John W Henry: net worth of Liverpool FC owner - and what he said in apology for European Super League proposal

Liverpool and the five other English Premier League clubs withdrew from the proposed European Super League on Tuesday night

Liverpool's principal owner John W Henry has apologised for his part in the proposed European Super League

Henry said in a video posted by the club on Twitter that the breakaway project would only have worked with fans' full support.

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The ‘big six’ Premier League teams who have signed up to the ESL project all sensationally withdrew last night.

"I want to apologise to all the fans and supporters of Liverpool Football Club for the disruption I caused over the last 48 hours," he said.

"It goes without saying but should be said, the project put forward was never going to stand without the support of the fans.

"No-one ever thought differently in England. Over these 48 hours you were very clear that it would not stand. We heard you. I heard you."

John W. Henry, owner of Liverpool, has vowed to rebuild trust with the fanbase.

Henry spoke of the "hurt" being felt and also apologised to manager Jurgen Klopp, his staff and players "and to everyone who works so hard at LFC to make our fans proud".

"They have absolutely no responsibility for this disruption," Henry said. "They were the most disrupted and unfairly so. This is what hurts most.

"They love your club and work to make you proud every single day. I know the entire LFC team has the expertise and passion necessary to rebuild trust and help us move forward.

Fans hold up a protest banner against Liverpool FC and the European Super League outside Elland Road prior to the Premier League match between Leeds United and Liverpool.

"More than a decade ago when we signed up for the challenges associated with football we dreamed of what you dreamed of and we've worked hard to improve your club.

"Our work isn't done and I hope you understand that even when we make mistakes, we're trying to work in your club's best interests."

Henry said he took full personal responsibility for "the unnecessary negativity" and that fans had displayed their "rightful power".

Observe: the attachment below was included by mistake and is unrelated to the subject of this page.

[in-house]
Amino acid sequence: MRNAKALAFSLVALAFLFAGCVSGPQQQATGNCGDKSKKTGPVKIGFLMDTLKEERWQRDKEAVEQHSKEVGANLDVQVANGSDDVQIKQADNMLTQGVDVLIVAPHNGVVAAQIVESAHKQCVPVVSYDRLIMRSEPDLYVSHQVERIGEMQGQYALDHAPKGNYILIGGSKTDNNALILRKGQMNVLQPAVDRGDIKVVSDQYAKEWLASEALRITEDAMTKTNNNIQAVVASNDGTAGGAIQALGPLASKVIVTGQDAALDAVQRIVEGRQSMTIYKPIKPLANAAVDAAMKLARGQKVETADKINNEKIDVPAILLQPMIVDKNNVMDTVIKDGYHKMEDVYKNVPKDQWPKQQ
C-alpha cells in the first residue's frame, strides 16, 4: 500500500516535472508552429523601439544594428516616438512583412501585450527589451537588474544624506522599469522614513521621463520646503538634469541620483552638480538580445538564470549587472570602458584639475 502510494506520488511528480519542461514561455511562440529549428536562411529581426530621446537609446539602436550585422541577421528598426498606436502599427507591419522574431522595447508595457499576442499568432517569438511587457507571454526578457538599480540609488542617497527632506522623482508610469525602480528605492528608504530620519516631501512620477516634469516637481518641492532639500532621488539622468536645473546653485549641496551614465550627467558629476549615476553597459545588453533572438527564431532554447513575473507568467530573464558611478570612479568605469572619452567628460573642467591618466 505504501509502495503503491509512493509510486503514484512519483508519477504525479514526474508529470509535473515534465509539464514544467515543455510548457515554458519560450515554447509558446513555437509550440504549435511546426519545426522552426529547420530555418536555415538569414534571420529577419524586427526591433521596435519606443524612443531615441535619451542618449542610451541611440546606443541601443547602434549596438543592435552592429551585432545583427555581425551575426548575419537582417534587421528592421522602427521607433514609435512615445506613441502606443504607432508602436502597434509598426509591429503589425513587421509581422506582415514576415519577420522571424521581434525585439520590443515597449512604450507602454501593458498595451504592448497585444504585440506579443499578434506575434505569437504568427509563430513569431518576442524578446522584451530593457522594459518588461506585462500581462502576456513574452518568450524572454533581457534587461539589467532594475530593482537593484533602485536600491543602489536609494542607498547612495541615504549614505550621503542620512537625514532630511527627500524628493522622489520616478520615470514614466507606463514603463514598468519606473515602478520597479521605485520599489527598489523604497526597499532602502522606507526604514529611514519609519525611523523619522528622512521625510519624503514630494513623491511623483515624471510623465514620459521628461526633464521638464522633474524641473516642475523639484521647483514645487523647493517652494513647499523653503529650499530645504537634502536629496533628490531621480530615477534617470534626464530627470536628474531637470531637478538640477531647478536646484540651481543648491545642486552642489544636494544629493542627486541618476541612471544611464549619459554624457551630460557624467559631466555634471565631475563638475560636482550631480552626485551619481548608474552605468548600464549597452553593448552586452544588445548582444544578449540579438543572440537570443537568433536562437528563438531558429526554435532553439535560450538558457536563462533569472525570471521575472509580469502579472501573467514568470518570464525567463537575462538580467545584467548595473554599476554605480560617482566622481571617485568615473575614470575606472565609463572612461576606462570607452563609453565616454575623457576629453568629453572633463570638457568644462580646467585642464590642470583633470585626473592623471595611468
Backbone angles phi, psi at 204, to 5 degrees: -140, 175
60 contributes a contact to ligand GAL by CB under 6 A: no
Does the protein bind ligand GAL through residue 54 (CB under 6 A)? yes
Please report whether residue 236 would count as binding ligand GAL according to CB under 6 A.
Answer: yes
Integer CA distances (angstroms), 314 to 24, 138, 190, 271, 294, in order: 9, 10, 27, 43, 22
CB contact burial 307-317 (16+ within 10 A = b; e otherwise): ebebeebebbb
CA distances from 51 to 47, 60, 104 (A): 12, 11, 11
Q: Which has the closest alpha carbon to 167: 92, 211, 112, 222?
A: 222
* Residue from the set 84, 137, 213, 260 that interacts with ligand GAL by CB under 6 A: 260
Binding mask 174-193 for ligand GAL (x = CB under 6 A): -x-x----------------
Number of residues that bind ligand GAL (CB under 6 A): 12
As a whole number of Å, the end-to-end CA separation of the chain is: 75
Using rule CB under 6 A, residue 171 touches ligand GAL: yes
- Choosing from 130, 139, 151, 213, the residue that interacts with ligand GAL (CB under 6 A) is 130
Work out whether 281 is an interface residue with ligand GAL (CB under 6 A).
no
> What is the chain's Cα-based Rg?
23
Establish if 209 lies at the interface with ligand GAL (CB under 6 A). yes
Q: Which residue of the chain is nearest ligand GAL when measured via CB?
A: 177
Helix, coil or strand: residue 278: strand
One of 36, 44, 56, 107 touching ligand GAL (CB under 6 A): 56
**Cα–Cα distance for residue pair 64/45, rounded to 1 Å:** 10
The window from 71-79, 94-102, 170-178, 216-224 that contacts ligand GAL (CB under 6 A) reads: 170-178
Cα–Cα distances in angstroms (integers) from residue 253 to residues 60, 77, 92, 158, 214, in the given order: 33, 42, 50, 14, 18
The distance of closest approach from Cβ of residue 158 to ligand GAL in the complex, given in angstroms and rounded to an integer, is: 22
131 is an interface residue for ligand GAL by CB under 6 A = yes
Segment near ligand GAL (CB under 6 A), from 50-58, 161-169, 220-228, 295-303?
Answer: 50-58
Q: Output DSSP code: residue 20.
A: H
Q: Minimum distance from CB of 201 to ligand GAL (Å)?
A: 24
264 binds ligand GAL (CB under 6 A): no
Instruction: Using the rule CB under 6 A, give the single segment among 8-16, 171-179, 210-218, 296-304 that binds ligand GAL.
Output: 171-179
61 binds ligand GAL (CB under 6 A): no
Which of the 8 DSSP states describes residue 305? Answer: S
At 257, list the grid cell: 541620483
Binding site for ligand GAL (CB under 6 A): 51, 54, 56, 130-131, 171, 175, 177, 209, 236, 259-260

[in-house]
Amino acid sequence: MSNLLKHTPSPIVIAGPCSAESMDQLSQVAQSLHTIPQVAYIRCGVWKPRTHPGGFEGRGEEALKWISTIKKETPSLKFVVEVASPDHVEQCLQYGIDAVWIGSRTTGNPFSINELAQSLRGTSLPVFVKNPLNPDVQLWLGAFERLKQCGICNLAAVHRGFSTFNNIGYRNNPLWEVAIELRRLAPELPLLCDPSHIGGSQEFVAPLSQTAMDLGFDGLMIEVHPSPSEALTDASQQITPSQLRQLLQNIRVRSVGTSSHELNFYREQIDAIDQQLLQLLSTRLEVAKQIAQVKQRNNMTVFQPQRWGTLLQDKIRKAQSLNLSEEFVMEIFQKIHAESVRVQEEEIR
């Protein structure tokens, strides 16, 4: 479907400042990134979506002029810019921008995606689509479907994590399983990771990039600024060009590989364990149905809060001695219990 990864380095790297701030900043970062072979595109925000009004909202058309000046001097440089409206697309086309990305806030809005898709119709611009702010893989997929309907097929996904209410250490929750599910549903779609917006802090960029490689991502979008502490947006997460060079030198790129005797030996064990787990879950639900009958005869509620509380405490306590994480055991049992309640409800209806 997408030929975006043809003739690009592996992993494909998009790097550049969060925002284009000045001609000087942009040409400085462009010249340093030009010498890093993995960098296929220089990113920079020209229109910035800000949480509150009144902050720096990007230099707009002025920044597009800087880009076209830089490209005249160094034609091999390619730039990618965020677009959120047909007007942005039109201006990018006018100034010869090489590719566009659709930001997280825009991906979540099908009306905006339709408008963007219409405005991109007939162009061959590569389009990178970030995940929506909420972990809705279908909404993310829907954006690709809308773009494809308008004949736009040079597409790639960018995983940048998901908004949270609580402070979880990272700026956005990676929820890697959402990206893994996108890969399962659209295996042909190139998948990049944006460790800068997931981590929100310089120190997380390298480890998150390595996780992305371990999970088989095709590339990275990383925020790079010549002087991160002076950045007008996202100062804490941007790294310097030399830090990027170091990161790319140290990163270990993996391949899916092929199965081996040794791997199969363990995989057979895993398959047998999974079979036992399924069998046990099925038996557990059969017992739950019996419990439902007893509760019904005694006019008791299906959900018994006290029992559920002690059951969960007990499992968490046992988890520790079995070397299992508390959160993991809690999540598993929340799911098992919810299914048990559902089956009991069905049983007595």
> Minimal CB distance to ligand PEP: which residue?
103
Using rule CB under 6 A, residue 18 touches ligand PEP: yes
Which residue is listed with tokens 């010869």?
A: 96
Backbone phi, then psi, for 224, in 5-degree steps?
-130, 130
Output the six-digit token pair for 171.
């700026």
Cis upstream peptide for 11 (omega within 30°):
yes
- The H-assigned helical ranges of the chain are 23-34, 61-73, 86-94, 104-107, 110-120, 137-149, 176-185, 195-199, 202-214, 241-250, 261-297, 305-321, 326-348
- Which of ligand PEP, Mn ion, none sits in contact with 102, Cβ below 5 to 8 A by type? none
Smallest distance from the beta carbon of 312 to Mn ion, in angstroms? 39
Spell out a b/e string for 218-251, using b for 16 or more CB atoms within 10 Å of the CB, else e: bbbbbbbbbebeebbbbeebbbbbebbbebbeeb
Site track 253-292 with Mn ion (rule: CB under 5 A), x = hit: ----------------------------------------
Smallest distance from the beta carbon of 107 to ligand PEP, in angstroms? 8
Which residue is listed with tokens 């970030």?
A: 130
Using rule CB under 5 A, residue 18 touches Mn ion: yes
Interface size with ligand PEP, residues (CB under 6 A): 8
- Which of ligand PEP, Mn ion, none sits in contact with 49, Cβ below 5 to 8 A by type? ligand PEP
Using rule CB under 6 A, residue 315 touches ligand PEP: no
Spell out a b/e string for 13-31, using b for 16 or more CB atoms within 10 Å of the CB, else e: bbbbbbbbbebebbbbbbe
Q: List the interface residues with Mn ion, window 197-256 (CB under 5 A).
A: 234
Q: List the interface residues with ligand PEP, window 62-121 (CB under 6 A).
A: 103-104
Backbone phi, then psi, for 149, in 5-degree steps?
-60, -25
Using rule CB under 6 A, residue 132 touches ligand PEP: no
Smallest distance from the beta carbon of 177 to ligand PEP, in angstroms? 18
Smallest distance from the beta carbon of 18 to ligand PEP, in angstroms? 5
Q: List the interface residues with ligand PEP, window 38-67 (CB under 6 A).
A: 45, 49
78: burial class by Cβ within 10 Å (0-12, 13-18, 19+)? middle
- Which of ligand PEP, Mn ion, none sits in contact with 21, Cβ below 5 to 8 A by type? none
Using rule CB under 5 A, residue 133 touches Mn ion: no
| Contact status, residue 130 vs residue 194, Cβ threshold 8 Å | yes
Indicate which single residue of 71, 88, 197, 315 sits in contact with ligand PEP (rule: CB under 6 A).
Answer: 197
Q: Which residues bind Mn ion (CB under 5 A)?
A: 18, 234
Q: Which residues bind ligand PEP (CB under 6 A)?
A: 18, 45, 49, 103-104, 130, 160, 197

"In this endeavour I've let you down and I'm sorry and I alone am responsible for the unnecessary negativity brought forward over the last couple of days," he said.

"It's something I won't forget and shows the power the fans have today and will rightfully continue to have.

"If there's one thing this horrible pandemic has clearly shown, it's how crucial fans are to our sport, and to every sport - it's shown in every empty stadium.

"It's been an incredibly tough year for all of us, virtually no-one unaffected, and it's important the Liverpool FC family remain intact, vital and committed.

"From what we've seen of you globally, with local gestures of kindness and support. I can promise you I will do whatever I can to further that. Thanks for listening."

Who is John W Henry?

John William Henry II is a 71-year-old American businessman and investor and the founder of John W. Henry & Company, an investment management firm.

What is the net worth of John W Henry?

Forbes valued John W Henry’s net worth as being $2.8billion.

How did John W Henry make his money?

After acquiring a fortune in the early 1980s from his trading firm J.W. Henry & Co., John Henry started building a sports empire.

Henry and his partner Tom Werner bought the Boston Red Sox in 2002 for $380 million through their company New England Sports Ventures (NESV), and delivered the Sox' first World Series win in 86 years in 2004.

Who owns Liverpool FC?

NESV bought Liverpool from fellow Americans George Gillett and Tom Hicks in 2009.

NESV formally changed their name to Fenway Sports Group in March 2011.

As well as Liverpool and the Red Sox, FSG own 80 percent of New England Sports Network, a regional sports cable and satellite television network and 50% of Roush Fenway Racing, a stock car racing team that competes in NASCAR events.

Holding an estimated 40% of the stock in FSG, John W Henry , is the principal owner, while Boston-based asset manager Michael Gordon holds 12% with no other shareholder owning more than 10%.